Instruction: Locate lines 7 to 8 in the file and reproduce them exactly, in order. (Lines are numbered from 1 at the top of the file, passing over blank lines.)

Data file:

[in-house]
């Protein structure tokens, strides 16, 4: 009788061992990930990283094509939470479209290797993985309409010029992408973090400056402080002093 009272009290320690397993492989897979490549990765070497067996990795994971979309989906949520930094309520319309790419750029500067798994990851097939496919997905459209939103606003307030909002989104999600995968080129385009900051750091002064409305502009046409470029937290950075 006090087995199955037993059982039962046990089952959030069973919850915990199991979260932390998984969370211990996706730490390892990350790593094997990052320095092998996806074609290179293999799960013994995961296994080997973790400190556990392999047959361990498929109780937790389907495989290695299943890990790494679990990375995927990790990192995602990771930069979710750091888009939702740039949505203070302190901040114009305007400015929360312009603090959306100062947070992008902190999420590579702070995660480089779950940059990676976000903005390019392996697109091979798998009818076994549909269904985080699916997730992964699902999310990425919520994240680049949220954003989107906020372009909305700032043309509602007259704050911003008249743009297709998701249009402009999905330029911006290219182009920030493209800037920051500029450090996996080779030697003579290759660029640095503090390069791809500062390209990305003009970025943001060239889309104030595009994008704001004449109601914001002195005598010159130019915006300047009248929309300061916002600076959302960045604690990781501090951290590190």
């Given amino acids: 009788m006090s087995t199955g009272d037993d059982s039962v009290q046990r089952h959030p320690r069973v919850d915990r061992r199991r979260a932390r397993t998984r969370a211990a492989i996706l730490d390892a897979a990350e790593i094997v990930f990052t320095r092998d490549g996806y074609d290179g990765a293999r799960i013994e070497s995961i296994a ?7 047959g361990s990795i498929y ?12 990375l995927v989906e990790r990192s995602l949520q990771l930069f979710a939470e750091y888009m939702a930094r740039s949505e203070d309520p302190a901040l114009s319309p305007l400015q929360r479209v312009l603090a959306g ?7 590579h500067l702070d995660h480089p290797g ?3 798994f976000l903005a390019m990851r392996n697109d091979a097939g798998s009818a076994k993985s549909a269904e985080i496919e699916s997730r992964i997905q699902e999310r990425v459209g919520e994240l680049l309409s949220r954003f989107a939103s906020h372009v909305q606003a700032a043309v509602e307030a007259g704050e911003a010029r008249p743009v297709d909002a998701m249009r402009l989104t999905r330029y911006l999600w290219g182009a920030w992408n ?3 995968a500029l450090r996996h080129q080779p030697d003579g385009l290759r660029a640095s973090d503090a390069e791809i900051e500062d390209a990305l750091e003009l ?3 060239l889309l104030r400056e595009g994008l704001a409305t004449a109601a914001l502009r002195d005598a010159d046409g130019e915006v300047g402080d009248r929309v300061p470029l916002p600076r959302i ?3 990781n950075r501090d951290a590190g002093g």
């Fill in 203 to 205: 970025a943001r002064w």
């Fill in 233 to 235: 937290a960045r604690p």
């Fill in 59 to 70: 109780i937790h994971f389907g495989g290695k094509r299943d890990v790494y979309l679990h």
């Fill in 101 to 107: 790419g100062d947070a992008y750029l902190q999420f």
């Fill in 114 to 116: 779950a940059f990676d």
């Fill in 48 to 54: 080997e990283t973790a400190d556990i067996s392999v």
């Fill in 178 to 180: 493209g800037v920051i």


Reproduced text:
């Fill in 101 to 107: 790419g100062d947070a992008y750029l902190q999420f």
């Fill in 114 to 116: 779950a940059f990676d």